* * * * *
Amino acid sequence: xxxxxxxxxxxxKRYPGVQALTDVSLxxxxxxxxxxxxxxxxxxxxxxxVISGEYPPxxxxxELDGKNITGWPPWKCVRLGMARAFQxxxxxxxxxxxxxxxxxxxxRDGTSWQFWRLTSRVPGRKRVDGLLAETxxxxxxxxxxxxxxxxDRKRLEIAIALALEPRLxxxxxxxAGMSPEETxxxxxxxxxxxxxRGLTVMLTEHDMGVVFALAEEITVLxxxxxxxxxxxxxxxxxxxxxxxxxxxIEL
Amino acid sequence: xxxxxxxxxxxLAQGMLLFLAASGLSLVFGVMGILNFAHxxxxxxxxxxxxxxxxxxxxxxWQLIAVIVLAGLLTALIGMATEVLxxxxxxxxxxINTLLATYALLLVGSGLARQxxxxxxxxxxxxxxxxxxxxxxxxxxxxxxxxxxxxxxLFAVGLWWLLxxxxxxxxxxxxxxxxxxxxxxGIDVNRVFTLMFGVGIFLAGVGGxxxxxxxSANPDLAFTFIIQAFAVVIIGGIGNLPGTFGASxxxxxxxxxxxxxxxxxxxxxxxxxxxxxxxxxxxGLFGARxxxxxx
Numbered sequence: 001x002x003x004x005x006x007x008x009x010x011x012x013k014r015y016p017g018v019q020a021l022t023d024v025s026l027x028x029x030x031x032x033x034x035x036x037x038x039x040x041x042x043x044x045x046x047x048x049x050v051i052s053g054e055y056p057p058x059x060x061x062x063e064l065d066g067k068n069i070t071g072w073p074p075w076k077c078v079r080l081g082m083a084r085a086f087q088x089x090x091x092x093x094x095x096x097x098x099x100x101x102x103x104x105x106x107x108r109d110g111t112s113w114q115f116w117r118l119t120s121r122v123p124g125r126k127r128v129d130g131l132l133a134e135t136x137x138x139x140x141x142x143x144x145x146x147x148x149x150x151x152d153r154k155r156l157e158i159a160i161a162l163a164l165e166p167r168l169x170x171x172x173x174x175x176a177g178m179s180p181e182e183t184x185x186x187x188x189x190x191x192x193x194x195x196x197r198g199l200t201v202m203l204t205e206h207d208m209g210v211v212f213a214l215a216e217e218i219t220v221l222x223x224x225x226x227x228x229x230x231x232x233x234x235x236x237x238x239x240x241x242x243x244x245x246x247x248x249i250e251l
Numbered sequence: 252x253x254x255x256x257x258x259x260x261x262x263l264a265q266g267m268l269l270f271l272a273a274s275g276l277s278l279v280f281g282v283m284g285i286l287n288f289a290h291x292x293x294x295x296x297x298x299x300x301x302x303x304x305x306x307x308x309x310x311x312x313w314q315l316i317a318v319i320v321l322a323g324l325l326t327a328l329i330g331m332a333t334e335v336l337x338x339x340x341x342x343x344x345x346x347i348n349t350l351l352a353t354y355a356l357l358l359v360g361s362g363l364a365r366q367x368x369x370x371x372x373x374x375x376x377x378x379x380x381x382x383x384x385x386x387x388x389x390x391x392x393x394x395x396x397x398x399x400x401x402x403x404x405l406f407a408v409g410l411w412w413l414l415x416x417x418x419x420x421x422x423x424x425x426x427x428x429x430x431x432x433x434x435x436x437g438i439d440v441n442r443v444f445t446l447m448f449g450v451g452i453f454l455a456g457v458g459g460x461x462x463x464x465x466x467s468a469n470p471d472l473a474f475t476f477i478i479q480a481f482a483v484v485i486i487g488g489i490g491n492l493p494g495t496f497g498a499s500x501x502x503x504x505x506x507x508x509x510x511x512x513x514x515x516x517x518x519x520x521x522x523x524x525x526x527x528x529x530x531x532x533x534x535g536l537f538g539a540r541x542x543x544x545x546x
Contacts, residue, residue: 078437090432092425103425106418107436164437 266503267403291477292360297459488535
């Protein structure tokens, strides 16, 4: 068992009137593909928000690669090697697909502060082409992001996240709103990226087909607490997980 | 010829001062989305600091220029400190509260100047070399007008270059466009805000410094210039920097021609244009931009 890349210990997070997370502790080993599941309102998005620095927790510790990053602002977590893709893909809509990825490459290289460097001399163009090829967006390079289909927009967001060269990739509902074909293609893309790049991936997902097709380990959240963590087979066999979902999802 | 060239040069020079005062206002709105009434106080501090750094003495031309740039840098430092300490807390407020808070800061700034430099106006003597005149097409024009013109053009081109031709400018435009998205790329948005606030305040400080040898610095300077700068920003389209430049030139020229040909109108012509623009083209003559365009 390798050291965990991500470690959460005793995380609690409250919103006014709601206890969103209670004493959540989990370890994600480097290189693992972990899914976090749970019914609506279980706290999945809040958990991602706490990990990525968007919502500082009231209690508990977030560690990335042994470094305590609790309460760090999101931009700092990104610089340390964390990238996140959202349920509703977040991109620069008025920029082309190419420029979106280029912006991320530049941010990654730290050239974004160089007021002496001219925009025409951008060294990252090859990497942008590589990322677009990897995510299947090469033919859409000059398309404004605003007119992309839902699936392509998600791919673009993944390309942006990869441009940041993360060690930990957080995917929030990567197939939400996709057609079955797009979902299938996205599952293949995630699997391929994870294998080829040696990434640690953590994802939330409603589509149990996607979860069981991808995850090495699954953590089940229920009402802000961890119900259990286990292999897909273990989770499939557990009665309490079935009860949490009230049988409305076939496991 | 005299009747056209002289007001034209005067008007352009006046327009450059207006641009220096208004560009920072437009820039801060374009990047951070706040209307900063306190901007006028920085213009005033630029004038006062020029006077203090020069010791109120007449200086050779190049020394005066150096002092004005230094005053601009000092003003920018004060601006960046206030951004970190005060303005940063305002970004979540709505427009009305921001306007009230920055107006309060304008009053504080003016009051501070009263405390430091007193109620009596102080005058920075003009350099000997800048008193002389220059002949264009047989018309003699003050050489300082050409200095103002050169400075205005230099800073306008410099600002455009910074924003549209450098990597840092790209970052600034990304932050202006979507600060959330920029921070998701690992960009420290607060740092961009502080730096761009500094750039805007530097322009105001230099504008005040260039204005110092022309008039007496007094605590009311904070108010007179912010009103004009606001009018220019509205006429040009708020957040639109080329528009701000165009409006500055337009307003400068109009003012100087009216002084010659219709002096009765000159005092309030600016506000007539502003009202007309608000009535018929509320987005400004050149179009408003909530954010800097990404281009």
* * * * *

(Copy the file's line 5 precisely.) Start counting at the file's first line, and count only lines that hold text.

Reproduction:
Contacts, residue, residue: 078437090432092425103425106418107436164437 266503267403291477292360297459488535